So I bought some clippers and started cutting. For the next few months, my husband really took to his cowboy hat.
And after a long hunting trip in the mountains, he came home looking like Robert Redford in Jeremiah Johnson. I couldn’t decide if I was more excited to see him or some hair on his head!

From that point on, the scruff of his beard remained, and my haircutting skills improved.

And now, as long as I can get my three little braves to hold still long enough, I can usually get a decent cut and even admit to being their barber.

Although sometimes it means trimming their sideburns in their sleep.

I am the official family barber.

And I work from son up to son down. And sometimes after that.

 

Fishing with a Blue Tick Pup September 14, 2011

This pond has been the major source of entertainment for my boys throughtout the entire summer. As you can see, they always come prepared.

Poles… check
Worms… check
Tacklebox… check
Coonhound pup… check

Giant Net… check

Beautiful day to daydream… double check

 

Baseball on the Ranch September 13, 2011

Filed under: Country Life,Family,horses — Piper Long @ 7:21 am

My boys love playing baseball.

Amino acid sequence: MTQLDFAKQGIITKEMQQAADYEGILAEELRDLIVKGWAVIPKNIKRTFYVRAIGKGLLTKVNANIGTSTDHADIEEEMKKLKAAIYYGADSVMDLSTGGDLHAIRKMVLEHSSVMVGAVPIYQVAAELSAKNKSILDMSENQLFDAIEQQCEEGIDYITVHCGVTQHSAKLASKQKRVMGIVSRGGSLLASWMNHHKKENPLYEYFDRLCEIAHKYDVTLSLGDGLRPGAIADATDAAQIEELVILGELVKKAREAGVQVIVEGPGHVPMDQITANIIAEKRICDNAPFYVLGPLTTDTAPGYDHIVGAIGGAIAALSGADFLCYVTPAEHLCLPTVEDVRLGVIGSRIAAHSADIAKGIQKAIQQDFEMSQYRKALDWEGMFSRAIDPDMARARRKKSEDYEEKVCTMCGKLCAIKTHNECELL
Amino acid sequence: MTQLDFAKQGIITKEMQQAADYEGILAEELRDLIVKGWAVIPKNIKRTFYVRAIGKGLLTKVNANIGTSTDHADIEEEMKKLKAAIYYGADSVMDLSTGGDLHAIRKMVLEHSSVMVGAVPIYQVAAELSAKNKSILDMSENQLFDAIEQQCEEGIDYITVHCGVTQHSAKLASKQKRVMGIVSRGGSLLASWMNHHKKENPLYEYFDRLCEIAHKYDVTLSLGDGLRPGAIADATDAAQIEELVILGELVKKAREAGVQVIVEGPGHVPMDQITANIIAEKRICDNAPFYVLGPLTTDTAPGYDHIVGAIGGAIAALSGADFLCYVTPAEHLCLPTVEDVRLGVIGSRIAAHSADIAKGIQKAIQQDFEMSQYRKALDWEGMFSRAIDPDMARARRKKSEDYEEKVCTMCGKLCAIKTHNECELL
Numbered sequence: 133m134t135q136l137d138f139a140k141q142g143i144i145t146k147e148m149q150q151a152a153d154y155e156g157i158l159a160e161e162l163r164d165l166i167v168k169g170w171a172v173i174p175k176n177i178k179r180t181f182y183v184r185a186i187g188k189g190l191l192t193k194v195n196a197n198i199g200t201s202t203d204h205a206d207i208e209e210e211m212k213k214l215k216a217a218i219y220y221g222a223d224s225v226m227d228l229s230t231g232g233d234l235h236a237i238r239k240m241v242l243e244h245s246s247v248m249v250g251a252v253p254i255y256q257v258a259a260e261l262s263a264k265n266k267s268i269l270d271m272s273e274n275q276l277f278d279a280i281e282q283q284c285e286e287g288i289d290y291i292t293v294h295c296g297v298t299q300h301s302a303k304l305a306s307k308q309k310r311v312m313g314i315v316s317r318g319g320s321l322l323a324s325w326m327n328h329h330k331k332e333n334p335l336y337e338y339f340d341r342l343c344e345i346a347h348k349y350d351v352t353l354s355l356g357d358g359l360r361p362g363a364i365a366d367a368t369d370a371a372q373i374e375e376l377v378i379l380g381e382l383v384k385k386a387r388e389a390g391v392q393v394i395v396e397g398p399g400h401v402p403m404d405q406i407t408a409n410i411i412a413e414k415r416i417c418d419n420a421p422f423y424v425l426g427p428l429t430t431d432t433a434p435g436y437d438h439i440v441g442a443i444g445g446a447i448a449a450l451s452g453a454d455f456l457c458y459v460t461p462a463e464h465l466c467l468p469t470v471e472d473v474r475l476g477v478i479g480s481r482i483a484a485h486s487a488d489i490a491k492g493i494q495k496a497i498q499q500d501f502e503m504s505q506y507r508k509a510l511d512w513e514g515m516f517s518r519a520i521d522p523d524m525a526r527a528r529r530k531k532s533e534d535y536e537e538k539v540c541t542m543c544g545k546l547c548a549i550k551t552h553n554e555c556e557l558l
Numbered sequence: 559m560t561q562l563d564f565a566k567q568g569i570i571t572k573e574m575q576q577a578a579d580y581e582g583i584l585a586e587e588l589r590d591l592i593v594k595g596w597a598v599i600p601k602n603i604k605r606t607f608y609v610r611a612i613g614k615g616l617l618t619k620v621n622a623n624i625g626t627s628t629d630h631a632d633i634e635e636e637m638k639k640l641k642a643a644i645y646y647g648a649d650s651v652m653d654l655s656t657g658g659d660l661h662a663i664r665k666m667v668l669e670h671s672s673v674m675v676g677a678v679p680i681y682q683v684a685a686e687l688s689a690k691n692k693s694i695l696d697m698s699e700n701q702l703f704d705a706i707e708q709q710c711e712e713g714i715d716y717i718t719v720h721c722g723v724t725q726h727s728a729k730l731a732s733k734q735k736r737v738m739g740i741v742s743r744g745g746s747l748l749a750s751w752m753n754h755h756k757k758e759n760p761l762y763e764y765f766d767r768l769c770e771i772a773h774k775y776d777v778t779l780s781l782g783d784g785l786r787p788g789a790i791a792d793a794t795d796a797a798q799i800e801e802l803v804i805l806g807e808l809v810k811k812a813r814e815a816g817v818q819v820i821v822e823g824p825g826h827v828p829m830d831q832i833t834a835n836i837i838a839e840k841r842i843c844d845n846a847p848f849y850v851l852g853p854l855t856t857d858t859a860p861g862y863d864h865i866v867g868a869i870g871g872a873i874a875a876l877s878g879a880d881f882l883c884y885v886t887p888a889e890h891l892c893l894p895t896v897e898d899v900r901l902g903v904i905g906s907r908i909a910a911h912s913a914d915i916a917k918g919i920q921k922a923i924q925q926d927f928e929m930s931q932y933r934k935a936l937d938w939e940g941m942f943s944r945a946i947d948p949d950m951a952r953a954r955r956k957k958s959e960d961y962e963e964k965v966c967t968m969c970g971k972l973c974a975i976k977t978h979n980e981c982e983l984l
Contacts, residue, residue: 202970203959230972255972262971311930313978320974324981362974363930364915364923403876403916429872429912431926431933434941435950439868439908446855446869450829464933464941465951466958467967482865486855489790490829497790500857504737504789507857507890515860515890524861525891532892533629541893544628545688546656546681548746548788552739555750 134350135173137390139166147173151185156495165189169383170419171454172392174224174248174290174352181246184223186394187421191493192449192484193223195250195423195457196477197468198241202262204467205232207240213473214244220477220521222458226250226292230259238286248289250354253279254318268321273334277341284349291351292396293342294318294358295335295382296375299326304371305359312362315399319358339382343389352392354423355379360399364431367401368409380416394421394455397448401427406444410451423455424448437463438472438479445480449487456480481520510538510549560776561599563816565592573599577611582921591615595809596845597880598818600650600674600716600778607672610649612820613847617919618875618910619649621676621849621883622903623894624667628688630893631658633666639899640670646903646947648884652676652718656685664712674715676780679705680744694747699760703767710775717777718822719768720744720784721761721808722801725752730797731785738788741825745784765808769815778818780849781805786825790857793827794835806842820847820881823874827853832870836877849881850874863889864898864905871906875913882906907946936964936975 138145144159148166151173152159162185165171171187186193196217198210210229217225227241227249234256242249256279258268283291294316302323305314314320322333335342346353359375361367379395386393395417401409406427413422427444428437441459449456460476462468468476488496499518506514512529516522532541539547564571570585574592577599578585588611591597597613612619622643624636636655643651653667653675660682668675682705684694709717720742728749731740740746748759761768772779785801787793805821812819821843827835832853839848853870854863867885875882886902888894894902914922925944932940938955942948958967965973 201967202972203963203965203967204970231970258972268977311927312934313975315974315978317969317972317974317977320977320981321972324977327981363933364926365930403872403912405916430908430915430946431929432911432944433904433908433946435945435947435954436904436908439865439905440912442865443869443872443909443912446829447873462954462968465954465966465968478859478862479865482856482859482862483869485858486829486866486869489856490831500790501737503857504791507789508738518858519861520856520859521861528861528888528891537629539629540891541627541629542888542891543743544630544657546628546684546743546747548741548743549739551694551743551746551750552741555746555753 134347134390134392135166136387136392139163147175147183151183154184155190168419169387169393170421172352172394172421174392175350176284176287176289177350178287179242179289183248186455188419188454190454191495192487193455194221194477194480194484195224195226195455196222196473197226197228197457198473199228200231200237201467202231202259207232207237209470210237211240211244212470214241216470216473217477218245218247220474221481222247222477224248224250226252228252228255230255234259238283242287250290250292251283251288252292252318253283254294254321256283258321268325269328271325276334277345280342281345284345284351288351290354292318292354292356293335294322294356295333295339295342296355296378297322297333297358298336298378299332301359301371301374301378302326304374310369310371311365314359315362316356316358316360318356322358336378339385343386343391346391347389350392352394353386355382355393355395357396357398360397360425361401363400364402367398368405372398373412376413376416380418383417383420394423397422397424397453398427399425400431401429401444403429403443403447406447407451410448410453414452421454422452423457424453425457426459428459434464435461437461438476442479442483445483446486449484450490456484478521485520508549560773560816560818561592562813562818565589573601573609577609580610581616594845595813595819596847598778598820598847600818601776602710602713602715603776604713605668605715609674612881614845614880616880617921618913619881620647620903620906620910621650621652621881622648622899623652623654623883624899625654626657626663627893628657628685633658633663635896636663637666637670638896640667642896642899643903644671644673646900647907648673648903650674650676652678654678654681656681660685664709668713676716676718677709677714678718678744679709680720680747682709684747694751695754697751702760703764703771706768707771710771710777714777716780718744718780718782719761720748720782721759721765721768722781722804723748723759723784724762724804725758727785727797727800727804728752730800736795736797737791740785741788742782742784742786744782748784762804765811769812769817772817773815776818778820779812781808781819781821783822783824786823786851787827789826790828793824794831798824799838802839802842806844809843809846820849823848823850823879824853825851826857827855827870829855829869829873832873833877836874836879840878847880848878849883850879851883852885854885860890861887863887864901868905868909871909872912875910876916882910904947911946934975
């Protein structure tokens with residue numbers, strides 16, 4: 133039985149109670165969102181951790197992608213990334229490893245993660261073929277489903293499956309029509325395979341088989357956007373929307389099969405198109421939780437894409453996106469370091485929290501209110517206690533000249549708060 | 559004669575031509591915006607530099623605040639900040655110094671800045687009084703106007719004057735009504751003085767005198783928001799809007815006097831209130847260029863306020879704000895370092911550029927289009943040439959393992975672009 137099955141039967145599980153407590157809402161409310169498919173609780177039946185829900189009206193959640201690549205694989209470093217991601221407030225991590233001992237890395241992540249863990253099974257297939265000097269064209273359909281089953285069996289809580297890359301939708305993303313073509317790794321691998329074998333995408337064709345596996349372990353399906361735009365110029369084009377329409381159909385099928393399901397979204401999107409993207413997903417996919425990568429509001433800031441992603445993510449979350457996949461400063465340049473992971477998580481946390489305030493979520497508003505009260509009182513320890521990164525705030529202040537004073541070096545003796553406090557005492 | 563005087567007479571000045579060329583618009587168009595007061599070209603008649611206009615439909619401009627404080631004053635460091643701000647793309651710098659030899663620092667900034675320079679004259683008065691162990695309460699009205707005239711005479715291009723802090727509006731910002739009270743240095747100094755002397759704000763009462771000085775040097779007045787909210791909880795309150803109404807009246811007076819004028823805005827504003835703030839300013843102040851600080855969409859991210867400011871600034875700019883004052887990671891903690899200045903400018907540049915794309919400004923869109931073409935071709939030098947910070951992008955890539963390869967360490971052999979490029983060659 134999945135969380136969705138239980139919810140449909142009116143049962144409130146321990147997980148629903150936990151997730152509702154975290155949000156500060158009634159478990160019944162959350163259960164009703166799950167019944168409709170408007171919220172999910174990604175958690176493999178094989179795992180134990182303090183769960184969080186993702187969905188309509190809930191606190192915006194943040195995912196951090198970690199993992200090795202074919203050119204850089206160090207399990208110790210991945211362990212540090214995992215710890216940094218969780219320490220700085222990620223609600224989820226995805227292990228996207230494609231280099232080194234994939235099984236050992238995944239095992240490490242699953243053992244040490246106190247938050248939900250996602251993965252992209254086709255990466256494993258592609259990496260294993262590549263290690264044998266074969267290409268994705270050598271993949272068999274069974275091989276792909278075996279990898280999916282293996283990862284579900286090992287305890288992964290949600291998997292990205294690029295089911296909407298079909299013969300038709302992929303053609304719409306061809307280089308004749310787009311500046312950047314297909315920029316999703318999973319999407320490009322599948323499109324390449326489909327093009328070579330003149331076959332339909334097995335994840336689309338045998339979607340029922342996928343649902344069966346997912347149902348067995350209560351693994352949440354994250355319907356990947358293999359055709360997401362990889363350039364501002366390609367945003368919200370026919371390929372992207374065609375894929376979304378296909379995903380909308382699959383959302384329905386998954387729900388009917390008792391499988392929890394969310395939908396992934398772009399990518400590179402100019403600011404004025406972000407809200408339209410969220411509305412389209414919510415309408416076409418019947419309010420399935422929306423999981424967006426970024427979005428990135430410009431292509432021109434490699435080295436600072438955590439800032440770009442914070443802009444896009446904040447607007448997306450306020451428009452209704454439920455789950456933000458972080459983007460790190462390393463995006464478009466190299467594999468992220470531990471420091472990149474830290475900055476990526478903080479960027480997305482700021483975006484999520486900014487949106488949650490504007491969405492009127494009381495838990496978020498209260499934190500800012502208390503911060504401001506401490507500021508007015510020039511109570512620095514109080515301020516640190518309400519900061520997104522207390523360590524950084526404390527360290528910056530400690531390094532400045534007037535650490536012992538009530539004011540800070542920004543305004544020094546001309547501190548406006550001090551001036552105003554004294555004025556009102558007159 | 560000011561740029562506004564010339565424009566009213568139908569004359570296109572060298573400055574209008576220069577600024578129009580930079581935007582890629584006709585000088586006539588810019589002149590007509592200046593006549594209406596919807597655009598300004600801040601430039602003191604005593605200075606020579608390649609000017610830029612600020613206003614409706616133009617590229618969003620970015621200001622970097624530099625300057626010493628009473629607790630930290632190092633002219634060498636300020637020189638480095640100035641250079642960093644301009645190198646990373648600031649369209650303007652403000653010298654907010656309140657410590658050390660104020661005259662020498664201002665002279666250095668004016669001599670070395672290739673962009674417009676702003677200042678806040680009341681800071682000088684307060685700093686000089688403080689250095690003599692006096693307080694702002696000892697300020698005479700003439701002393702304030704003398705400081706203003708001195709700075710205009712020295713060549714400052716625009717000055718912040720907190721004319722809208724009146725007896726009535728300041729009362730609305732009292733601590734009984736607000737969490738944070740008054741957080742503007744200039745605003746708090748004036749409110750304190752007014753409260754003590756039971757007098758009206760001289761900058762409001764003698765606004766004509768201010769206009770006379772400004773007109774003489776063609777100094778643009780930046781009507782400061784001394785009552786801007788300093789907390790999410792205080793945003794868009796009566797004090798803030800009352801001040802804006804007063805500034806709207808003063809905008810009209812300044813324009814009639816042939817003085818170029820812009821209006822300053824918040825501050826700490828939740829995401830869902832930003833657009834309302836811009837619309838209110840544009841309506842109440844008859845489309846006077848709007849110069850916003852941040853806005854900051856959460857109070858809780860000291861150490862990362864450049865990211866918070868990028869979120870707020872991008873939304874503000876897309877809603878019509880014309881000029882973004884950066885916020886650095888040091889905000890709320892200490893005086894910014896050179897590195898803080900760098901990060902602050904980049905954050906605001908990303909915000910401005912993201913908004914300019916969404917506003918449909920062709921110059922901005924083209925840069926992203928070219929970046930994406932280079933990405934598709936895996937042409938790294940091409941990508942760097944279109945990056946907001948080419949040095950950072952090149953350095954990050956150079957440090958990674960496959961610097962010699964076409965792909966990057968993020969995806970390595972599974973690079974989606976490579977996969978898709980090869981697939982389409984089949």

Especially if their Dad is willing to hit them a few after a long day’s work.

This summer, they couldn’t get enough of the pop flies.

Also sometimes referred to as “chicken pops” by my middle child. (And now, consequently, the entire family.) I will never again be able to call them pop flies.

They are now chicken pops.

And if you think about it. If you really sit back, real late at night, like when you are writing a blog post and trying to make sense of something that doesn’t make sense…

You may find that chicken pops actually is a more appropriate term considering the baseball player has the option to

1. Be brave and position himself under a hard ball that may or may not land in it’s intended location
OR
2. Be chicken, in which case he will abandon all projected destinations of the ball.

There.

Chicken pops.

What I love about baseball on the ranch…

The intense expression on my boys’ faces as they strive to catch the chicken pops.

And the complete disinterest of the horses nearby.

 

Money Doesn’t Grow On Trees September 8, 2011

Filed under: Family,Musings — Piper Long @ 8:02 am
Tags:

We recently took a break from the 100+ Oklahoma heat and headed west toward mild mountain air with three little cowboys in tow. Along with the chilluns, I packed lots of DVD’s, books, and sedatives.

Just kidding about the sedatives.

But I truly did pack books and DVD’s for the kids. For obvious reasons.

I also stashed a few cookbooks under my seat.

And some ear plugs.

Not really.

Although now that I think of it, ear plugs would have been handy to have on hand. I’ll have to remember them next time I agree to a 12 hour road trip with young, active outdoorsmen.

…who not only believe I am a natural-born entertainer, but also think I have a money tree stashed somewhere on the ranch.